Closing Down

The latest hiring trends within insolvency

Published on 7th November 2016

Prior to working in recruitment, I was fortunate to have worked within the Insolvency industry, working for both a boutique and mid-tier firm. This has exposed me to different cultures, company structures and ways of working. 

Recruitment has been an intriguing change to my previous career in Insolvency. Timesheets have been replaced by KPIs and annual reports replaced by candidate and client meetings. The fact that I have previously worked in Insolvency has been helpful with the transition for recruiting within this industry. However, there have been quite a few changes within the industry that I have noticed since joining Ambition.   

Staff requirements

A couple of years ago, the market was particularly quiet; firms were not hiring junior candidates. This has resulted in a present-day deficit in candidates who have around 1-2 years of experience (not restricted to region, county or city).  Whilst they are in high demand, they are few and far between. The end result is a large pool of candidates at Senior Administrator and Assistant manager level.

Senior level candidates i.e. Assistant Managers and above, were regularly requested at salaries between £40k – £50k. However, there has been a shift towards firms hiring internally, providing more ambitious Senior Administrators with greater levels of responsibility.

Skills in demand

There has recently been a trend for firms to opt for restructuring procedures i.e. Administrations and CVAs instead of resorting to winding up. This links with requests from some of our clients who want senior candidates to have a restructuring background.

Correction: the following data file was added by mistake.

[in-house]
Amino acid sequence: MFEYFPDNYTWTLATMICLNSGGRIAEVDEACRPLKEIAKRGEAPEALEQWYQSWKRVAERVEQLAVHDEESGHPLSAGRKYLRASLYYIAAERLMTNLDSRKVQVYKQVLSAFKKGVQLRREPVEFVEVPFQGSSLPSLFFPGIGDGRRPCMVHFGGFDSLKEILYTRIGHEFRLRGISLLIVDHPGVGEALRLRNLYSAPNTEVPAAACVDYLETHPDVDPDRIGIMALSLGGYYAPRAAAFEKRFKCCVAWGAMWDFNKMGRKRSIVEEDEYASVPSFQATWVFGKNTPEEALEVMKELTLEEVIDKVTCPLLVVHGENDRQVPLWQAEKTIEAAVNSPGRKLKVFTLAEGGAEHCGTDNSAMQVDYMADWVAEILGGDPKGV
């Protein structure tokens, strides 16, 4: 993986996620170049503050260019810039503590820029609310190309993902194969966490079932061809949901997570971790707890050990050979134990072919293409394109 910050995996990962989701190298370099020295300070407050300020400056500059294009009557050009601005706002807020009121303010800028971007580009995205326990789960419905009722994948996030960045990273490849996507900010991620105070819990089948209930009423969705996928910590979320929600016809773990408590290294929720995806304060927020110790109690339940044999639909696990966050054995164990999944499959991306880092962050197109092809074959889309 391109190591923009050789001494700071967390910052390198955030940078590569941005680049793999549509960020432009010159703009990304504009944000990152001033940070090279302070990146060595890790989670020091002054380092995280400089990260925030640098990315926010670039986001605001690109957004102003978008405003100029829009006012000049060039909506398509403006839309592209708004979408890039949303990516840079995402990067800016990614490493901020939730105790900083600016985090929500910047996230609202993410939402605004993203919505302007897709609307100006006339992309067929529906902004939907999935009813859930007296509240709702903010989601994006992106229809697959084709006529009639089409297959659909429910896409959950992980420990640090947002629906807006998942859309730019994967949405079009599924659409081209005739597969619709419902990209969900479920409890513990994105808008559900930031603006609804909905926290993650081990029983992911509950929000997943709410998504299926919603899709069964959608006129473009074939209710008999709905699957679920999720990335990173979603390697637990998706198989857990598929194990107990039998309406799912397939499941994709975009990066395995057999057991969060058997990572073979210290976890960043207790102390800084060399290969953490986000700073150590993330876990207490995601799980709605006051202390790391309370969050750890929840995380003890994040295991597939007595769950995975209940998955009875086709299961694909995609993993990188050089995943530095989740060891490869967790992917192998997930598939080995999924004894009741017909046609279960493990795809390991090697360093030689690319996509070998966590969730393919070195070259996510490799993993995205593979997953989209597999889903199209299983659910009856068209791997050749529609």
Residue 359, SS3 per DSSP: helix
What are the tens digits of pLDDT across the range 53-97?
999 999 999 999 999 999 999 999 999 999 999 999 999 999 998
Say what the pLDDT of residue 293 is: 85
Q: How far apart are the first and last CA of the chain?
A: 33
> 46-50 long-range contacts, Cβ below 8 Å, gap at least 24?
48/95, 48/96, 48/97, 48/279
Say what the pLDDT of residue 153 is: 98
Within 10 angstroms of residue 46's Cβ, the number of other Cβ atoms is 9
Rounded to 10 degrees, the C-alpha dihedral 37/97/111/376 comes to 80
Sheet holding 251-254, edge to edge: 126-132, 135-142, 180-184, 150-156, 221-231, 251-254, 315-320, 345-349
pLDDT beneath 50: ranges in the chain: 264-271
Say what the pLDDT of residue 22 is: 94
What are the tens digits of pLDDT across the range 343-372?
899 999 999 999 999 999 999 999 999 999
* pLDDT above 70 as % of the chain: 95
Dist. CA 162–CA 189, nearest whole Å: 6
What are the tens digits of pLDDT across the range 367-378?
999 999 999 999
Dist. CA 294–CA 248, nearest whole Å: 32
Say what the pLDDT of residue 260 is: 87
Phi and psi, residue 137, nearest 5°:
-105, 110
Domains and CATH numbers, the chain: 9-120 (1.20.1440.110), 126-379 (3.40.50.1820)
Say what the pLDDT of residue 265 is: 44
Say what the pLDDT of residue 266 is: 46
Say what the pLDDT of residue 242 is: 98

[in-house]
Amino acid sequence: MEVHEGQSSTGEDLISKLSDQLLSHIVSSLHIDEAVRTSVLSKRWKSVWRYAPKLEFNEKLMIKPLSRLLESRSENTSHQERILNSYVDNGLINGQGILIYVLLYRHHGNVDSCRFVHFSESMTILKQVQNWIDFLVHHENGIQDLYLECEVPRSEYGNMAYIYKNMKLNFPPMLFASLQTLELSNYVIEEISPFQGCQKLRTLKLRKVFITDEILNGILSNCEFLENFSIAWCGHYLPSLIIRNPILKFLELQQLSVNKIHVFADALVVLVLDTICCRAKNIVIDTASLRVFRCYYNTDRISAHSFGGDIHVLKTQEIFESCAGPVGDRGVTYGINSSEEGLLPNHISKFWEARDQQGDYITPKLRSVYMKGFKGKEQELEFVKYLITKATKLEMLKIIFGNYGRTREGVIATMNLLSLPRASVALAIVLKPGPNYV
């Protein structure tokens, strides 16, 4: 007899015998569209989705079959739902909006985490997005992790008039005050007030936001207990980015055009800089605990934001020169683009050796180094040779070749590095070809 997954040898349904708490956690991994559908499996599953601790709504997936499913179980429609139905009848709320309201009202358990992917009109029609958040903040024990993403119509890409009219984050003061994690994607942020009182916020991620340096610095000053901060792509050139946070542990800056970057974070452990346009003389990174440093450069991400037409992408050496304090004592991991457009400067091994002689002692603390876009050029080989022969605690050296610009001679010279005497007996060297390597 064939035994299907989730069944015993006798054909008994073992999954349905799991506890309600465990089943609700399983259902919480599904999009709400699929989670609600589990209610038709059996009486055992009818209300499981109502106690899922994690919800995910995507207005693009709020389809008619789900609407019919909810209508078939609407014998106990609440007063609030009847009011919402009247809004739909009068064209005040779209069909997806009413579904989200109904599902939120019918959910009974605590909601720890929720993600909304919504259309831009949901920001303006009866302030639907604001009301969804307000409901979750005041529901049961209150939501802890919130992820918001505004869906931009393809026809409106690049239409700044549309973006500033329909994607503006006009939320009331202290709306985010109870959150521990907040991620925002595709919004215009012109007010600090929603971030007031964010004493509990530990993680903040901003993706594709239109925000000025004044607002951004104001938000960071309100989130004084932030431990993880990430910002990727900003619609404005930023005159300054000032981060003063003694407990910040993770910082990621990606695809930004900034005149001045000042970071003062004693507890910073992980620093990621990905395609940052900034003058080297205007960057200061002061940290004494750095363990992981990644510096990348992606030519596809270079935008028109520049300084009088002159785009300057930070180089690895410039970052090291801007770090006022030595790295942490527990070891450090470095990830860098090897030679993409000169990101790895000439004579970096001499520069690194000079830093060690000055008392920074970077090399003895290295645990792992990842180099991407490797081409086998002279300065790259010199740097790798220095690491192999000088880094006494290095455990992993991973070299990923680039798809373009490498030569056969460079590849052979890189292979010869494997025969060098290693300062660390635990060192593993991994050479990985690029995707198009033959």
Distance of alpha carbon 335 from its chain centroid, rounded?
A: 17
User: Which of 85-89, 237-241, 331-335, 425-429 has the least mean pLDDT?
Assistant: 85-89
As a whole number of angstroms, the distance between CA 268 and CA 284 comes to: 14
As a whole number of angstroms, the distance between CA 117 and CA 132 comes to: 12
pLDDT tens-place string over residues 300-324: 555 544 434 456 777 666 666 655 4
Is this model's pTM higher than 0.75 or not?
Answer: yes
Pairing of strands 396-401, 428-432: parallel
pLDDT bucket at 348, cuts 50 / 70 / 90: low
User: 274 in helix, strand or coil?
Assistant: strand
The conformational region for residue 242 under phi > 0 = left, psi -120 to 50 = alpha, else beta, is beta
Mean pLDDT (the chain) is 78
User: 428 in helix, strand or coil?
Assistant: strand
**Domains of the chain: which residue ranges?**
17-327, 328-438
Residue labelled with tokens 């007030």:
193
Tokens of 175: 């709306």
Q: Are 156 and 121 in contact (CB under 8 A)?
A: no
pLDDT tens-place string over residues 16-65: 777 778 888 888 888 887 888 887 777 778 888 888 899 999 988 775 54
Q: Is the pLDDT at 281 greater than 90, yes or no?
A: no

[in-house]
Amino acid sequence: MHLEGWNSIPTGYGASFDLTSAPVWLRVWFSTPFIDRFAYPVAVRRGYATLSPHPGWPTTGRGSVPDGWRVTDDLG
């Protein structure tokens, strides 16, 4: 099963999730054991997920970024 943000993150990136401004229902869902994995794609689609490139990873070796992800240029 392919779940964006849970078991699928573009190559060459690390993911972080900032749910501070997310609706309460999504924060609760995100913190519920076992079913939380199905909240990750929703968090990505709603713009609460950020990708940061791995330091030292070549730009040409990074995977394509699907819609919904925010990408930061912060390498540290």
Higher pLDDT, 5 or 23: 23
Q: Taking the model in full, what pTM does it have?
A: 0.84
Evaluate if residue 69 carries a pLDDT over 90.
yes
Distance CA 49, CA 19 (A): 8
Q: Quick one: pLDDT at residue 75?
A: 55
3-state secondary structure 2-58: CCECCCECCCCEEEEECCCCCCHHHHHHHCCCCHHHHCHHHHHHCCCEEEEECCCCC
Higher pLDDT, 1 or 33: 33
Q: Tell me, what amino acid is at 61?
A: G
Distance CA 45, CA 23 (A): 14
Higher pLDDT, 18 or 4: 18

According to figures released by the Insolvency Service, the number of corporate insolvencies in Q3 2016 rose by 2.2%. Statistics from the business advisory firm, FRP Advisory, show that the number of Company Administrations in Q3 are up 3.5% year on year. This would justify the point that restructuring is becoming a more attractive option for distressed companies and the firms assisting them.

Instead of just being able to work through a mixed insolvency caseload and supervise more junior members, senior staff are now required to have accounting qualifications (ACA, ACCA, CA), extensive experience in complex investigation work and Independent Business Reviews. These are skills which were previously only required within ‘the Big 4’ and Top 10; this has since trickled down to other accounting firms as well as Business advisory firms who are taking on more of this work.

There has been also been an increased request for candidates who are able to undertake complex, contentious investigations; usually a skillset reserved for those firms with Specialist Investigation teams, now becoming a more attractive commodity within the industry.

Future trends

The number of corporate insolvencies year-on-year hasn’t changed. The rise from Q2 2016 is based on potential concerns from Brexit and the restructuring option becoming more relevant.

This should be seen as a positive for the industry as there will be a larger pool of candidates with an advisory skill set who can do more than a statutory caseload. Many insolvency professionals tend to specialise in either Personal or Corporate insolvency but with more specialist duties being required for restructuring procedures, this is likely to change.